Location: Bowdoin / Calendar

Weekly Chemistry Seminar-Matt Bogyo, Stanford University

  • 2/8/2013 | 3:00 PM – 4:00 PM
  • Location: Druckenmiller Hall, Room 020
  • Event Type: Seminar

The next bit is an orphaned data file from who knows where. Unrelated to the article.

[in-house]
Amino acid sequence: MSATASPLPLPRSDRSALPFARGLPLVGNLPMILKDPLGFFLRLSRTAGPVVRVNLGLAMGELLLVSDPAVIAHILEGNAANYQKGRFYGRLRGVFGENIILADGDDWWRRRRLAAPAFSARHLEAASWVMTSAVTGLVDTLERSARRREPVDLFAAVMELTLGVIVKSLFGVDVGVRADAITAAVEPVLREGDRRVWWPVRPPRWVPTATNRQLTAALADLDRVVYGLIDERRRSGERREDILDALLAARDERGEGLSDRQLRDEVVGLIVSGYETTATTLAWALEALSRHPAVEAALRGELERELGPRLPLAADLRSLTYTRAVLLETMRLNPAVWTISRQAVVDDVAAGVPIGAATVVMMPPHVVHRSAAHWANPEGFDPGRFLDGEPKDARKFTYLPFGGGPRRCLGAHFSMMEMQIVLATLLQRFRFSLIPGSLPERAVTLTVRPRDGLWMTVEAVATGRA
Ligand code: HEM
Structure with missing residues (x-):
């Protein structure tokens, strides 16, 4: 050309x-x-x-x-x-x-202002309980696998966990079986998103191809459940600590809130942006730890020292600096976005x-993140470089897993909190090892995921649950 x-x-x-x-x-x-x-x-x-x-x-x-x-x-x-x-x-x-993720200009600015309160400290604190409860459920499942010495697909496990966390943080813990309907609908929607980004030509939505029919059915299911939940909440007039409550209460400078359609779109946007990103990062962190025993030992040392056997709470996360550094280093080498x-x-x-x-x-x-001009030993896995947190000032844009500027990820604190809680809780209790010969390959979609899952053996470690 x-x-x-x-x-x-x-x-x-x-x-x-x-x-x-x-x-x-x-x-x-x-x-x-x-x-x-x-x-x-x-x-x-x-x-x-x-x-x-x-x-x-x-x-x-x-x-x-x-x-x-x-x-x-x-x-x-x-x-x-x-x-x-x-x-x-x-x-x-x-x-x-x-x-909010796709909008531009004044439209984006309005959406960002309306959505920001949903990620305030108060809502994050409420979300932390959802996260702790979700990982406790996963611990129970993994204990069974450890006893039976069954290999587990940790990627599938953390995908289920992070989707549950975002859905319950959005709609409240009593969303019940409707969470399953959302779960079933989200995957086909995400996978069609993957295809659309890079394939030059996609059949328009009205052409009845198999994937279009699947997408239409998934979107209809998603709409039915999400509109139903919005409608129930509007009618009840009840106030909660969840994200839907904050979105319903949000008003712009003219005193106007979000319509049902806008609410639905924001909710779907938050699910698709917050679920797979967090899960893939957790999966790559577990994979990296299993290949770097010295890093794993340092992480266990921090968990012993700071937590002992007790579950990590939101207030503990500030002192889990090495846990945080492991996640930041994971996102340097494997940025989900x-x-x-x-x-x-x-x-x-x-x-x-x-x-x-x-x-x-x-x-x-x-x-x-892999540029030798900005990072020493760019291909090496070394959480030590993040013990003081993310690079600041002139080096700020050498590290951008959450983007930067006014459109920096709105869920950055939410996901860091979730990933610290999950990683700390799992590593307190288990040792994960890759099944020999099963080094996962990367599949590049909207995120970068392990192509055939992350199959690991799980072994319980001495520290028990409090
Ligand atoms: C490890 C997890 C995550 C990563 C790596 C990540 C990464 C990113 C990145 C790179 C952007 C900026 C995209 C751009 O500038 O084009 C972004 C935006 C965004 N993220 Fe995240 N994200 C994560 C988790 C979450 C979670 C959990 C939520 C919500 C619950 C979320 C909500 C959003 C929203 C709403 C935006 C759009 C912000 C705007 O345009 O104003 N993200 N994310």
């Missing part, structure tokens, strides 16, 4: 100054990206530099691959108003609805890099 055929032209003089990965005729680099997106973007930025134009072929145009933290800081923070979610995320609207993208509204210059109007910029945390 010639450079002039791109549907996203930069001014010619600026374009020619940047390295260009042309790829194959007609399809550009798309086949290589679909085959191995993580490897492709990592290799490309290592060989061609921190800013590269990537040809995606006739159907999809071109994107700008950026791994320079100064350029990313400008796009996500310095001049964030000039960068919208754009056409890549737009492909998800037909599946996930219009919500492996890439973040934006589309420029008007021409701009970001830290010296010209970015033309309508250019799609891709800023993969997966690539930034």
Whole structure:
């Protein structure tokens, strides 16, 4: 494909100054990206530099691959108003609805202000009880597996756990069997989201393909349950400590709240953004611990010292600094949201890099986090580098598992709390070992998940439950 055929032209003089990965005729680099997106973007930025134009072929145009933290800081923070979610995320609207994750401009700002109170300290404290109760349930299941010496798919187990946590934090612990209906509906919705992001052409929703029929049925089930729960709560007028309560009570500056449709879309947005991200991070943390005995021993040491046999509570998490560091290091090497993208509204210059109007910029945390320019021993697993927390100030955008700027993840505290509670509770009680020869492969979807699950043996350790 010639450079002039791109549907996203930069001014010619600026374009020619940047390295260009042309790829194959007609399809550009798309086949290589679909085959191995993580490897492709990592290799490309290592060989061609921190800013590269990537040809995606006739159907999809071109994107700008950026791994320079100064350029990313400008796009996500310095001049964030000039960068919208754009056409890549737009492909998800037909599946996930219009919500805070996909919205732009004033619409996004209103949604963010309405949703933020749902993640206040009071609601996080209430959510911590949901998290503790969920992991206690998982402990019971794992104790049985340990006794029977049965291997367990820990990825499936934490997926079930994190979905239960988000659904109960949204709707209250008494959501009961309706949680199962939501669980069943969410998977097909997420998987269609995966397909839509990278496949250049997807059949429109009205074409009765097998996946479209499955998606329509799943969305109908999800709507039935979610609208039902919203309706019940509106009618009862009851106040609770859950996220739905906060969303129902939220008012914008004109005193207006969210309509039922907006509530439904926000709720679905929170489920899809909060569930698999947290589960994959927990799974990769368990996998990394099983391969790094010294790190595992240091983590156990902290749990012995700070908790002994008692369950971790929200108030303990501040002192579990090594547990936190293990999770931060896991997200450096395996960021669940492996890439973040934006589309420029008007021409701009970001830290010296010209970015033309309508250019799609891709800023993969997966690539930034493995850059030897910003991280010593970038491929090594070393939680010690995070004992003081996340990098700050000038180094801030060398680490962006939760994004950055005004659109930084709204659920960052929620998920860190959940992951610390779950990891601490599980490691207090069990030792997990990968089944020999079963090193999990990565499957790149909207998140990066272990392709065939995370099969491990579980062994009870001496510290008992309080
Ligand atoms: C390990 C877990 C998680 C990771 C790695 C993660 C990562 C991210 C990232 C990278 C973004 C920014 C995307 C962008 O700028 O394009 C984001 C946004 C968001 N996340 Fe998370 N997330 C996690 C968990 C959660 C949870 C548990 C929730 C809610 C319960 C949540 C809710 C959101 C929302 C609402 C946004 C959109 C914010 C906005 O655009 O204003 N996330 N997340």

Weekly Chemistry Seminar-Matt Bogyo, Stanford UniversityProteases are enzymes that primarily function by degrading protein substrates. Since this process is irreversible, proteases must be carefully regulated within cells and organisms in order to prevent undesired consequences. Furthermore, proteases often pathogenic roles in common human diseases such as cancer, asthma, arthritis and atherosclerosis. Over the past decade, my laboratory has developed a series of small molecule probes that specifically bind to the active form of protease targets through an enzyme catalyzed chemical reaction. These reagents freely penetrate cells and can be used to enrich complex proteomic samples for monitoring of global patterns of protease activity as well as to directly image protease activity in live cells and whole animals. They can also be used to monitor the efficacy and selectivity of small molecule protease inhibitor drugs. We are currently applying these probes to study the role of specific proteases in the process of angiogenesis and metastasis in mouse models of cancer as well as during the process of inflammation in mouse models of atherosclerosis and asthma. In addition we have developed probes that bind proteases associated with the process of programmed cell death (apoptosis). These reagents allow the direct non-invasive imaging of cell death in vivo. We are currently developing these tools to further study the cell biology of tumor response to chemotherapy. Recent advances in these projects will be presented